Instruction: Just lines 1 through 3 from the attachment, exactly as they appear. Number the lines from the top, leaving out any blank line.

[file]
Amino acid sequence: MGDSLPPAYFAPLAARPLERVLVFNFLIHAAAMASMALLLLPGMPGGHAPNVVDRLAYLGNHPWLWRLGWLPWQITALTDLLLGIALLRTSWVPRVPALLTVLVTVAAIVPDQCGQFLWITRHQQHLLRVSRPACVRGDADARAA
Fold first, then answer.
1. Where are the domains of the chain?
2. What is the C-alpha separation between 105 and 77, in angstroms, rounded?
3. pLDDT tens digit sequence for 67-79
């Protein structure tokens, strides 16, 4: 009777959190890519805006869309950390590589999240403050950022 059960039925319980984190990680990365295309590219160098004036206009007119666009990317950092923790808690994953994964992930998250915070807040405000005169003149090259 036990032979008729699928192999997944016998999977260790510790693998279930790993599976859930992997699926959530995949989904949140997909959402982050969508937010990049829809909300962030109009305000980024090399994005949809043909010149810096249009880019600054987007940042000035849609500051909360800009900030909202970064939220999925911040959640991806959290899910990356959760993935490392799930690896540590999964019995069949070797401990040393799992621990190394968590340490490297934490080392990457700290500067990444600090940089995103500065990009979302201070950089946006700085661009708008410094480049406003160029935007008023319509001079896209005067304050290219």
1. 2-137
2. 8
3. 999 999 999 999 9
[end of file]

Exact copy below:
Amino acid sequence: MGDSLPPAYFAPLAARPLERVLVFNFLIHAAAMASMALLLLPGMPGGHAPNVVDRLAYLGNHPWLWRLGWLPWQITALTDLLLGIALLRTSWVPRVPALLTVLVTVAAIVPDQCGQFLWITRHQQHLLRVSRPACVRGDADARAA
Fold first, then answer.
1. Where are the domains of the chain?